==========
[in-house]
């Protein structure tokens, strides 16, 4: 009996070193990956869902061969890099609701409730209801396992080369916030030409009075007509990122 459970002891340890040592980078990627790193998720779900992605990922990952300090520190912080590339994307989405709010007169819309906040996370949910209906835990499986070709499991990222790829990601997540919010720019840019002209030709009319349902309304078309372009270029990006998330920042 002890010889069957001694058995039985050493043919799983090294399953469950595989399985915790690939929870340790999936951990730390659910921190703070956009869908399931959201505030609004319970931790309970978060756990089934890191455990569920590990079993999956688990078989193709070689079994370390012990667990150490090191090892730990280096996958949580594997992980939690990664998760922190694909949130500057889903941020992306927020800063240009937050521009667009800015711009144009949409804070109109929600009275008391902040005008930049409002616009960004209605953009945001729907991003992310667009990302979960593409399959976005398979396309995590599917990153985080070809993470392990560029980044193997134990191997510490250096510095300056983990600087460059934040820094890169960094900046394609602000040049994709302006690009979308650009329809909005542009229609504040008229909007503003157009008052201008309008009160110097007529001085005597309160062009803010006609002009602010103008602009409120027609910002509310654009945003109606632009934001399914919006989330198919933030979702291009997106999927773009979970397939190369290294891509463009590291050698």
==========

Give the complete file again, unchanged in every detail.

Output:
[in-house]
């Protein structure tokens, strides 16, 4: 009996070193990956869902061969890099609701409730209801396992080369916030030409009075007509990122 459970002891340890040592980078990627790193998720779900992605990922990952300090520190912080590339994307989405709010007169819309906040996370949910209906835990499986070709499991990222790829990601997540919010720019840019002209030709009319349902309304078309372009270029990006998330920042 002890010889069957001694058995039985050493043919799983090294399953469950595989399985915790690939929870340790999936951990730390659910921190703070956009869908399931959201505030609004319970931790309970978060756990089934890191455990569920590990079993999956688990078989193709070689079994370390012990667990150490090191090892730990280096996958949580594997992980939690990664998760922190694909949130500057889903941020992306927020800063240009937050521009667009800015711009144009949409804070109109929600009275008391902040005008930049409002616009960004209605953009945001729907991003992310667009990302979960593409399959976005398979396309995590599917990153985080070809993470392990560029980044193997134990191997510490250096510095300056983990600087460059934040820094890169960094900046394609602000040049994709302006690009979308650009329809909005542009229609504040008229909007503003157009008052201008309008009160110097007529001085005597309160062009803010006609002009602010103008602009409120027609910002509310654009945003109606632009934001399914919006989330198919933030979702291009997106999927773009979970397939190369290294891509463009590291050698």